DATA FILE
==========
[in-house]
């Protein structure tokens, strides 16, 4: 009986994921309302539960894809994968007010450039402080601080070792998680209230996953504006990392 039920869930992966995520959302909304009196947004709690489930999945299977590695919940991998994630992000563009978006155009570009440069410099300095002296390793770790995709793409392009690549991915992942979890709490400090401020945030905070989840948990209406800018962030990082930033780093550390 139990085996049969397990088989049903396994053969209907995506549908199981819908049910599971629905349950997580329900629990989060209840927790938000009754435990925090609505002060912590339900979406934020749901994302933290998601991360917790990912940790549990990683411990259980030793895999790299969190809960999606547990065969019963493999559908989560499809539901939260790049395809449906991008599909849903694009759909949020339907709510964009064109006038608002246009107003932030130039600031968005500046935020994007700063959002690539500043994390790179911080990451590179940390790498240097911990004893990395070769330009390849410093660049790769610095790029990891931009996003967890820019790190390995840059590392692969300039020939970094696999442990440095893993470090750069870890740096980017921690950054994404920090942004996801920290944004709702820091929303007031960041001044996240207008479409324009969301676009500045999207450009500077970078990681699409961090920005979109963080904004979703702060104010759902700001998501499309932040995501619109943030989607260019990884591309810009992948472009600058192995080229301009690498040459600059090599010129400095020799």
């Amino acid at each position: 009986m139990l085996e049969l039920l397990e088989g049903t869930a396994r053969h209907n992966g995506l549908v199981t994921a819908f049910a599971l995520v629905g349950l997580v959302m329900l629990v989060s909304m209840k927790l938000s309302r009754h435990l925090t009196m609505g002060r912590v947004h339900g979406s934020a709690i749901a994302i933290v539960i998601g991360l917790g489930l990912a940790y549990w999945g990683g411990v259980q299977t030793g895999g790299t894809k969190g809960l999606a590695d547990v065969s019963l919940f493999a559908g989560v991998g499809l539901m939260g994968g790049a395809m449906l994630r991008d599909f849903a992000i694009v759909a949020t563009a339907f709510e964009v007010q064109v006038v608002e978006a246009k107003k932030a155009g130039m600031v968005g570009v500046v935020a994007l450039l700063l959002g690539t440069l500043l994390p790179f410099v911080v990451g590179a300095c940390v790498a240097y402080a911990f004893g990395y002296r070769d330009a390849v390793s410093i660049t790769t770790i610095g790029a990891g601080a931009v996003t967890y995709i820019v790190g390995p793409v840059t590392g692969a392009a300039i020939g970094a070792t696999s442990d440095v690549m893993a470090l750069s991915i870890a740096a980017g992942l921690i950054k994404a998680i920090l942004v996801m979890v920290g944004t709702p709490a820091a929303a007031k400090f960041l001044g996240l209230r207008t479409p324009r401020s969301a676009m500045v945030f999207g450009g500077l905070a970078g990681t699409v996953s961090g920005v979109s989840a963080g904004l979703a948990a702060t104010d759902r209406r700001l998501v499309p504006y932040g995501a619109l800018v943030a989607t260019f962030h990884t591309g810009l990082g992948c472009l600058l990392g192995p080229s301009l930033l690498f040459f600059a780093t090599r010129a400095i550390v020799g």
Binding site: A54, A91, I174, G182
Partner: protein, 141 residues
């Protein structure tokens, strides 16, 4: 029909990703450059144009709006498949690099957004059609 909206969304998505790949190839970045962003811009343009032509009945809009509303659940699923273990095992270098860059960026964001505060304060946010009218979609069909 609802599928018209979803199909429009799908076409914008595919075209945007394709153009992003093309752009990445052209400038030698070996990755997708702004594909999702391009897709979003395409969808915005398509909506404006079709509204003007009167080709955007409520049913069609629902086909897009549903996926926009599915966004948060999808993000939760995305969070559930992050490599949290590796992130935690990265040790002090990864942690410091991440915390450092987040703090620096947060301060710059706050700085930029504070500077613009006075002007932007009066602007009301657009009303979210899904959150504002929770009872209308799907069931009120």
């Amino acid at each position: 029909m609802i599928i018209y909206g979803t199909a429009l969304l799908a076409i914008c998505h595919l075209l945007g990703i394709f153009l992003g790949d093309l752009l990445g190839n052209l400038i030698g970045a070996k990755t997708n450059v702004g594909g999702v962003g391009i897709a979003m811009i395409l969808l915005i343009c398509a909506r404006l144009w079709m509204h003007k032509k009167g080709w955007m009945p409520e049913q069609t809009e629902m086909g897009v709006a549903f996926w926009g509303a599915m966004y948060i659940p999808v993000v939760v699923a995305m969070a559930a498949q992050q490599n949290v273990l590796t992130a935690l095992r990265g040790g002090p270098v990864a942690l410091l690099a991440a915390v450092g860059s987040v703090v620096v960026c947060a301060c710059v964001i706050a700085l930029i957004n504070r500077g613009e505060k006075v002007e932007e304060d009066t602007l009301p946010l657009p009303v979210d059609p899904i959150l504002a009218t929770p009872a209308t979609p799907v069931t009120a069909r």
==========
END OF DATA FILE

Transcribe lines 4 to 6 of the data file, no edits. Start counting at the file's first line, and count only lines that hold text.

Binding site: A54, A91, I174, G182
Partner: protein, 141 residues
């Protein structure tokens, strides 16, 4: 029909990703450059144009709006498949690099957004059609 909206969304998505790949190839970045962003811009343009032509009945809009509303659940699923273990095992270098860059960026964001505060304060946010009218979609069909 609802599928018209979803199909429009799908076409914008595919075209945007394709153009992003093309752009990445052209400038030698070996990755997708702004594909999702391009897709979003395409969808915005398509909506404006079709509204003007009167080709955007409520049913069609629902086909897009549903996926926009599915966004948060999808993000939760995305969070559930992050490599949290590796992130935690990265040790002090990864942690410091991440915390450092987040703090620096947060301060710059706050700085930029504070500077613009006075002007932007009066602007009301657009009303979210899904959150504002929770009872209308799907069931009120």